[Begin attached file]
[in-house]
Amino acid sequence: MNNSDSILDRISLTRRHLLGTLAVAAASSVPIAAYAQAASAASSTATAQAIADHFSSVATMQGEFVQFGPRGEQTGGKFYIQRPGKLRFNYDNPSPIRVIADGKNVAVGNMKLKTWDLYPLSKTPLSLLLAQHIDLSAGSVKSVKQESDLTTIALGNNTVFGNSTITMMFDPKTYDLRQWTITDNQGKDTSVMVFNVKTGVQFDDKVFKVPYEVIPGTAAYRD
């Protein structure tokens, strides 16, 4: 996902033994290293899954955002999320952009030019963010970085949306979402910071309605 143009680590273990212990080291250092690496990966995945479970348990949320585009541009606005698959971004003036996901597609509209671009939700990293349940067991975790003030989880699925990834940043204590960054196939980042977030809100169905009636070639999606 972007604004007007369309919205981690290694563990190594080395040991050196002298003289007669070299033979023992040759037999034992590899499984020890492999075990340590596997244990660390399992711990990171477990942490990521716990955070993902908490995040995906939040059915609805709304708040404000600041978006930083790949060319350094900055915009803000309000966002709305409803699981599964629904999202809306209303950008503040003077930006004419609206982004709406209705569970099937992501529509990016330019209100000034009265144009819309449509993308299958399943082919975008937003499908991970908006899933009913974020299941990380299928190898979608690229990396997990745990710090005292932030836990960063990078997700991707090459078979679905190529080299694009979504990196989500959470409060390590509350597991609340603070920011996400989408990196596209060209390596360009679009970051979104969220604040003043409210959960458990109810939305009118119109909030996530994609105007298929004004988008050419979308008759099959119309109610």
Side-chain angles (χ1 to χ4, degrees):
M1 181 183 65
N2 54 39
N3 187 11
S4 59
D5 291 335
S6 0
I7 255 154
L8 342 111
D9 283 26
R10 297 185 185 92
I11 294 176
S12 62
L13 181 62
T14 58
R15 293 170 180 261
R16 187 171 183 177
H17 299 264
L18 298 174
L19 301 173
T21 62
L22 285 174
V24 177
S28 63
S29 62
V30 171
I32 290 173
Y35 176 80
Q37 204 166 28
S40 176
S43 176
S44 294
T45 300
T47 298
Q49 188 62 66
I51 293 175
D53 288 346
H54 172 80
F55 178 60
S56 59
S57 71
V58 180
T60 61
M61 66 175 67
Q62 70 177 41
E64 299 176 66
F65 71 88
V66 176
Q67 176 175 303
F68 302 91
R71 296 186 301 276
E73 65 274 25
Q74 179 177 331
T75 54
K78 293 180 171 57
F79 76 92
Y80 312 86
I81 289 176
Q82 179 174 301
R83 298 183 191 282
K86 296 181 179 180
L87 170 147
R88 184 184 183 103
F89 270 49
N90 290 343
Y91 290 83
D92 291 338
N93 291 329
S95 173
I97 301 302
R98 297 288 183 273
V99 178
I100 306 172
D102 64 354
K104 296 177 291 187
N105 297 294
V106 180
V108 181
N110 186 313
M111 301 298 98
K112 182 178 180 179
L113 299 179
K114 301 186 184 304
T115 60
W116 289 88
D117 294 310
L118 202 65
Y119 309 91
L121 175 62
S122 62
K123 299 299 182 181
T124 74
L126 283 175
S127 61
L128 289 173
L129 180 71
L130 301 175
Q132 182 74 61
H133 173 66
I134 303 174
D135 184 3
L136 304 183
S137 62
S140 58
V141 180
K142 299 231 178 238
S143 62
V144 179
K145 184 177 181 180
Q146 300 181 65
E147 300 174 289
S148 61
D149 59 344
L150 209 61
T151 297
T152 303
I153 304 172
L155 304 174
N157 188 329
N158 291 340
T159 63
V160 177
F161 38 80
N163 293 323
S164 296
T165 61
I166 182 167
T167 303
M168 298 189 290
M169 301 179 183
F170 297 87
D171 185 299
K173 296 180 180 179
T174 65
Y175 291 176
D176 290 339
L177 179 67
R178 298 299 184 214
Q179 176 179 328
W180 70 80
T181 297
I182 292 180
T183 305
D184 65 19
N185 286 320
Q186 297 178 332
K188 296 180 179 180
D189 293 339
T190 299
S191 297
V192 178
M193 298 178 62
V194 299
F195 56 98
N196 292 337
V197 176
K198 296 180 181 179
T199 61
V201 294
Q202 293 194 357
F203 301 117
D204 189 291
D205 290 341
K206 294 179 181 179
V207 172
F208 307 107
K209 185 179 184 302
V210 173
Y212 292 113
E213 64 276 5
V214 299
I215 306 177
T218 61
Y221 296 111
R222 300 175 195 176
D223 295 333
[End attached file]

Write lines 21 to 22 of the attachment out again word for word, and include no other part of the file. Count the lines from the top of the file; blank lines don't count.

H17 299 264
L18 298 174